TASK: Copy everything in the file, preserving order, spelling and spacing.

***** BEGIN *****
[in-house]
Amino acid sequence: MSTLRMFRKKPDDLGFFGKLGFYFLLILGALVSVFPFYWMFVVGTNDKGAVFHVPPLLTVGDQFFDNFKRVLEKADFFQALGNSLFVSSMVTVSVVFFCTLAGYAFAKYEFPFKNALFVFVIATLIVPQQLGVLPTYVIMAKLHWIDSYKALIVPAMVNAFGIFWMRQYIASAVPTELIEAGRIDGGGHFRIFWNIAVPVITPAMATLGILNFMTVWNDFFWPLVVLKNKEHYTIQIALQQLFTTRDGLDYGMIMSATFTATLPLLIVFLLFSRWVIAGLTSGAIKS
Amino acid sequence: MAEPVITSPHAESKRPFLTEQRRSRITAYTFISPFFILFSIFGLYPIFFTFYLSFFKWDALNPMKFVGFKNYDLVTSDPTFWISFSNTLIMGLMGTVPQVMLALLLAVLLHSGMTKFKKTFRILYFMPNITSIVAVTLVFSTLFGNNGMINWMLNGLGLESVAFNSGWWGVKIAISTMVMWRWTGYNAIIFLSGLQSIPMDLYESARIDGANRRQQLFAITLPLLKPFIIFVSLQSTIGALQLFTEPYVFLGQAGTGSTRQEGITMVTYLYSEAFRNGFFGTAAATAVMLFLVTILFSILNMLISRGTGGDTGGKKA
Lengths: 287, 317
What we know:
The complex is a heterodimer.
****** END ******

[in-house]
Amino acid sequence: MSTLRMFRKKPDDLGFFGKLGFYFLLILGALVSVFPFYWMFVVGTNDKGAVFHVPPLLTVGDQFFDNFKRVLEKADFFQALGNSLFVSSMVTVSVVFFCTLAGYAFAKYEFPFKNALFVFVIATLIVPQQLGVLPTYVIMAKLHWIDSYKALIVPAMVNAFGIFWMRQYIASAVPTELIEAGRIDGGGHFRIFWNIAVPVITPAMATLGILNFMTVWNDFFWPLVVLKNKEHYTIQIALQQLFTTRDGLDYGMIMSATFTATLPLLIVFLLFSRWVIAGLTSGAIKS
Amino acid sequence: MAEPVITSPHAESKRPFLTEQRRSRITAYTFISPFFILFSIFGLYPIFFTFYLSFFKWDALNPMKFVGFKNYDLVTSDPTFWISFSNTLIMGLMGTVPQVMLALLLAVLLHSGMTKFKKTFRILYFMPNITSIVAVTLVFSTLFGNNGMINWMLNGLGLESVAFNSGWWGVKIAISTMVMWRWTGYNAIIFLSGLQSIPMDLYESARIDGANRRQQLFAITLPLLKPFIIFVSLQSTIGALQLFTEPYVFLGQAGTGSTRQEGITMVTYLYSEAFRNGFFGTAAATAVMLFLVTILFSILNMLISRGTGGDTGGKKA
Lengths: 287, 317
What we know:
The complex is a heterodimer.